37. Act II: Interlude
38. Act II: I am very well, my dear Marquis (Duchess, Aristocrats, Marquis, Wilhelm, Chorus, Rosina, Florestine, Susanna, Leon, Almaviva)
39. Act II: Quintet: O God of love, O Lord of light (Almaviva, Rosina, Florestine, Leon, Susanna, Marie Antoinette)
40. Act II: We are finished – Farewell, my faithful friend (Susanna, Rosina, Florestine, Leon, Almaviva, Figaro, Duchess, Beaumarchais, Wilhelm)
41. Act II: Look, her breathing is diminished (Florestine, Rosina, Almaviva, Beaumarchais, Figaro, Leon, Wilhelm, Susanna, Begearss, Duchess, Chorus)
42. Act II: Goodbye, Figaro. Goodbye, Beaumarchais (Beaumarchais, Marie Antoinette)
43. Act II: Aria : No, Beaumarchais. It is as it should have been. Once there was a golden bird (Marie Antoinette, Beaumarchais)
44. Act II: Come, Antonia (Beaumarchais, Chorus)

Commissioned by the Metropolitan Opera to celebrate its 100th anniversary, John Corigliano’s The Ghost of Versailles received its premiere at the Met in 1991, twelve years after it had been commissioned and eight years past the centennial season for which it had first been envisioned. Nonetheless, it was an instant success. Because of the unique situation, a large cast and extravagant orchestral forces were made available, but aside from that specific context, both John Corigliano and librettist William Hoffman conceived of Ghosts as a work of music theater that celebrates and even takes as one of its principal themes the artistic power of opera: it puts into use lavish operatic resources precisely to introduce a contemporary audience to grand opera.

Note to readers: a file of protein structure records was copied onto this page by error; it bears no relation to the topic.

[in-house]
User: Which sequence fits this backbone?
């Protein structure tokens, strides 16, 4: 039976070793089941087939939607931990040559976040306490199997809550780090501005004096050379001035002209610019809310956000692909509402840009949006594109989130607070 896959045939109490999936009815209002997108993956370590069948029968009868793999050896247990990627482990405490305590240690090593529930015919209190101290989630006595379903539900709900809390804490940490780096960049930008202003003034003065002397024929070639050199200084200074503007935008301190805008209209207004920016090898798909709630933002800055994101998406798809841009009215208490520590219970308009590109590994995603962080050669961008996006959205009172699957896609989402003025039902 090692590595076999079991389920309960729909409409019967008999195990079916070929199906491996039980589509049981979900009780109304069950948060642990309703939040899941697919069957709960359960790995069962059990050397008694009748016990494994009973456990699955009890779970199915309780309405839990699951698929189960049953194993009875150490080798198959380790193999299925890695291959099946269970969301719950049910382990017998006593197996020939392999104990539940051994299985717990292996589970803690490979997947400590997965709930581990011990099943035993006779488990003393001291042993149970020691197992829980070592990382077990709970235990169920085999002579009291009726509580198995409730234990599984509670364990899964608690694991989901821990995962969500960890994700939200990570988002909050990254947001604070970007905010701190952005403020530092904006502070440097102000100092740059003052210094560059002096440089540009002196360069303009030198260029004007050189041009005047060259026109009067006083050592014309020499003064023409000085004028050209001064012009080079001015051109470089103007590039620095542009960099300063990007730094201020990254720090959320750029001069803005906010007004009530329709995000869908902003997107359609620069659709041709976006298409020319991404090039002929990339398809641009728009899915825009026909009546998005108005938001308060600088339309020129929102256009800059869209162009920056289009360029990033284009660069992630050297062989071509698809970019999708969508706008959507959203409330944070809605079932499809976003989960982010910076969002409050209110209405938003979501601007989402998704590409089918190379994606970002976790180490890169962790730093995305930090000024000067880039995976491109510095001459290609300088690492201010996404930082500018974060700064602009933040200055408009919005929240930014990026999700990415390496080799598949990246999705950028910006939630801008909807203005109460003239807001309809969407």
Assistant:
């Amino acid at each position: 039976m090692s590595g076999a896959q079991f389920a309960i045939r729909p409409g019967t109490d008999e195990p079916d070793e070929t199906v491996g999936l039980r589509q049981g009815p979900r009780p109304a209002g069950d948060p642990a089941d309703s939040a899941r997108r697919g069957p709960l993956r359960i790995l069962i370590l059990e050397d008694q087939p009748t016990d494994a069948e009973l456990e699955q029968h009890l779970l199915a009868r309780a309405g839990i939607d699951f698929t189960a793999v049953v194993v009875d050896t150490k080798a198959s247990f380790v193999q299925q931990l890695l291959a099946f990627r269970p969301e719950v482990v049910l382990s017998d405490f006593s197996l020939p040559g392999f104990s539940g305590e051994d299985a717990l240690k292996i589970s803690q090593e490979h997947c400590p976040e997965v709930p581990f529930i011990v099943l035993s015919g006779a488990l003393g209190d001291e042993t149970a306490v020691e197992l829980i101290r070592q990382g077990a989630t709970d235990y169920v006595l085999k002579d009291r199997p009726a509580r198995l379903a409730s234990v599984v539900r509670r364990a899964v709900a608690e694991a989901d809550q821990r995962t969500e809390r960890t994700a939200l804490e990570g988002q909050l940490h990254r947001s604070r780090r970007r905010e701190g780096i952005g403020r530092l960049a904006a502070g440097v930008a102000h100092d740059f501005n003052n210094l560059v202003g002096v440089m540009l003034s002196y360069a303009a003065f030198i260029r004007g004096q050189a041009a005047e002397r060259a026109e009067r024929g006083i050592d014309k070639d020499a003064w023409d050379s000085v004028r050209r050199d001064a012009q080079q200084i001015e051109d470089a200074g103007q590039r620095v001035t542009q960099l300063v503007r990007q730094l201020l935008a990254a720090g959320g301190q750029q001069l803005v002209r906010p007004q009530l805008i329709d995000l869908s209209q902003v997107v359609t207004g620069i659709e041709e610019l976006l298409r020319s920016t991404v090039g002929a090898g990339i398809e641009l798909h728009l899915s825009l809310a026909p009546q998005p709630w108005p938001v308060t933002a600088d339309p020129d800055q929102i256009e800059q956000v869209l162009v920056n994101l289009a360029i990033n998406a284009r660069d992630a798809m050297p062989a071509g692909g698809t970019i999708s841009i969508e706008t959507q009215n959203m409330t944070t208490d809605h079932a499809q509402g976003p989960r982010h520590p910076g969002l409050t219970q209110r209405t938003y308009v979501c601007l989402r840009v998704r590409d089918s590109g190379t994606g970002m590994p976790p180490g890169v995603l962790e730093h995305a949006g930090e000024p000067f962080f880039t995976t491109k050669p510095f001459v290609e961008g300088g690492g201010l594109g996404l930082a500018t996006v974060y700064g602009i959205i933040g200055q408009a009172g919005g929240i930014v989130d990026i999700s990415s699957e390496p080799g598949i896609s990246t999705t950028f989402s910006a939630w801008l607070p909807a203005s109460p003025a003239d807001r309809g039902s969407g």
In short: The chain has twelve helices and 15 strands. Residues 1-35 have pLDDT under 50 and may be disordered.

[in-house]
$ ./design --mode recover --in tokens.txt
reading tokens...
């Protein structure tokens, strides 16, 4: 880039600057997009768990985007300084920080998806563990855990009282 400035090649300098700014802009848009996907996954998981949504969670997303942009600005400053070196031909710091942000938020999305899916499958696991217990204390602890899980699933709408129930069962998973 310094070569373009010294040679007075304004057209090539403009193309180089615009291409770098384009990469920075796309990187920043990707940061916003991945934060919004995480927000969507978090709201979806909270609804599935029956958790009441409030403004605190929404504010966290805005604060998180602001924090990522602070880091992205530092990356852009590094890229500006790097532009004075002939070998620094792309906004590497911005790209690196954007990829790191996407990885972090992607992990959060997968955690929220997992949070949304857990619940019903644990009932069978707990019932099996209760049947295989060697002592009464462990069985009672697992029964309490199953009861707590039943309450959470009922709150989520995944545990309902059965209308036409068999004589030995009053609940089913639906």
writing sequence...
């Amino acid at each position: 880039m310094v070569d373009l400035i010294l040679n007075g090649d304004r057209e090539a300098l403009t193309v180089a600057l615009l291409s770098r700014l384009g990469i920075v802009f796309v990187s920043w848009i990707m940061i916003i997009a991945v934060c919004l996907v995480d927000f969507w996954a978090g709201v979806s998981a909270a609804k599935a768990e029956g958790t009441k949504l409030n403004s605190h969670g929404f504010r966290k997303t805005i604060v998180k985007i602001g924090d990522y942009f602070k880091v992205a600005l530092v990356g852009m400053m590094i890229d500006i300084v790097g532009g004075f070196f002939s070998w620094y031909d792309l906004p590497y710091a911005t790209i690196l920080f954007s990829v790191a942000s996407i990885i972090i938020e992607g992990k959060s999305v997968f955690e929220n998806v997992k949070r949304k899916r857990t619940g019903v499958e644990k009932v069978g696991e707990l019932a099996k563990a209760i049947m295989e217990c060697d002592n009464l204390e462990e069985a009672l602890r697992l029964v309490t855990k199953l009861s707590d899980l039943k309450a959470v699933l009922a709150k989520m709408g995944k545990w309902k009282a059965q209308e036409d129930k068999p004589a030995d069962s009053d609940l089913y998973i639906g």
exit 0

More particularly, a ”grand opera buffa” is what John Corigliano decided to create, to combine his love for opera buffa, with the requirements of a grand opera house, which is the Met. The success of Ghosts resulted in many performances throughout the North- American continent in the 25 years to follow, one of which took place in February 2015 at the LA Opera, to great critical acclaim.

“It’s comic and serious, entertaining and erudite, silly and thoughtful, emotional and mysterious, harrowing and uplifting, intimate and over-the-top — and the more times you see it, the more you’ll find in it and the more you’ll get out of it.” Los Angeles Times

Conducted by James Conlon, the production was recorded live by the renowned Soundmirror recording company and will now be released on a splendid 2-SACD album as part of PENTATONE’s newly launched American Opera Series.

“The artists of Los Angeles Opera’s 2014 production made as compelling a case for The Ghosts of Versailles as I heard on its first night at the MET in 1991. To have that performance preserved in a recording of this quality is, for this composer, a dream come true.” John Corigliano